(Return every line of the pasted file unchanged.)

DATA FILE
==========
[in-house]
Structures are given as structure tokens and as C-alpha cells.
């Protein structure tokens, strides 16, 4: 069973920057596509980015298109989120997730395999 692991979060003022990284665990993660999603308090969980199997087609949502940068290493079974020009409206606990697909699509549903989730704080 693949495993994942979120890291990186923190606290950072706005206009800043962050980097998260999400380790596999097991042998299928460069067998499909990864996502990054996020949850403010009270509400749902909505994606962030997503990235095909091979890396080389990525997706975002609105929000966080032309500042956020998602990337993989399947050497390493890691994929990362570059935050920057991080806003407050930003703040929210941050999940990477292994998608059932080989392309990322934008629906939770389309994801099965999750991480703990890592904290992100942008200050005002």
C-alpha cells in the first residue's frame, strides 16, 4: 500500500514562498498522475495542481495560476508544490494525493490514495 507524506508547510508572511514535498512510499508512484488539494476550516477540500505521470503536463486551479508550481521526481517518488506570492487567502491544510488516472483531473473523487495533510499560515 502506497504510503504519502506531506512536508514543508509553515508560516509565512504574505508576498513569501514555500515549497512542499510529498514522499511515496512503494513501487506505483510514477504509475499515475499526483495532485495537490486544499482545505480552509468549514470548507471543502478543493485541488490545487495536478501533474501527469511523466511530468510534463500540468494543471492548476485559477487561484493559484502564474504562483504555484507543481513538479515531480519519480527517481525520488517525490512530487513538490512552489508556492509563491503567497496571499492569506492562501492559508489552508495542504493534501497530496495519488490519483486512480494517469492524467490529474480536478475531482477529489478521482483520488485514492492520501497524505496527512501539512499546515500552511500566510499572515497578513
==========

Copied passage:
[in-house]
Structures are given as structure tokens and as C-alpha cells.
């Protein structure tokens, strides 16, 4: 069973920057596509980015298109989120997730395999 692991979060003022990284665990993660999603308090969980199997087609949502940068290493079974020009409206606990697909699509549903989730704080 693949495993994942979120890291990186923190606290950072706005206009800043962050980097998260999400380790596999097991042998299928460069067998499909990864996502990054996020949850403010009270509400749902909505994606962030997503990235095909091979890396080389990525997706975002609105929000966080032309500042956020998602990337993989399947050497390493890691994929990362570059935050920057991080806003407050930003703040929210941050999940990477292994998608059932080989392309990322934008629906939770389309994801099965999750991480703990890592904290992100942008200050005002």
C-alpha cells in the first residue's frame, strides 16, 4: 500500500514562498498522475495542481495560476508544490494525493490514495 507524506508547510508572511514535498512510499508512484488539494476550516477540500505521470503536463486551479508550481521526481517518488506570492487567502491544510488516472483531473473523487495533510499560515 502506497504510503504519502506531506512536508514543508509553515508560516509565512504574505508576498513569501514555500515549497512542499510529498514522499511515496512503494513501487506505483510514477504509475499515475499526483495532485495537490486544499482545505480552509468549514470548507471543502478543493485541488490545487495536478501533474501527469511523466511530468510534463500540468494543471492548476485559477487561484493559484502564474504562483504555484507543481513538479515531480519519480527517481525520488517525490512530487513538490512552489508556492509563491503567497496571499492569506492562501492559508489552508495542504493534501497530496495519488490519483486512480494517469492524467490529474480536478475531482477529489478521482483520488485514492492520501497524505496527512501539512499546515500552511500566510499572515497578513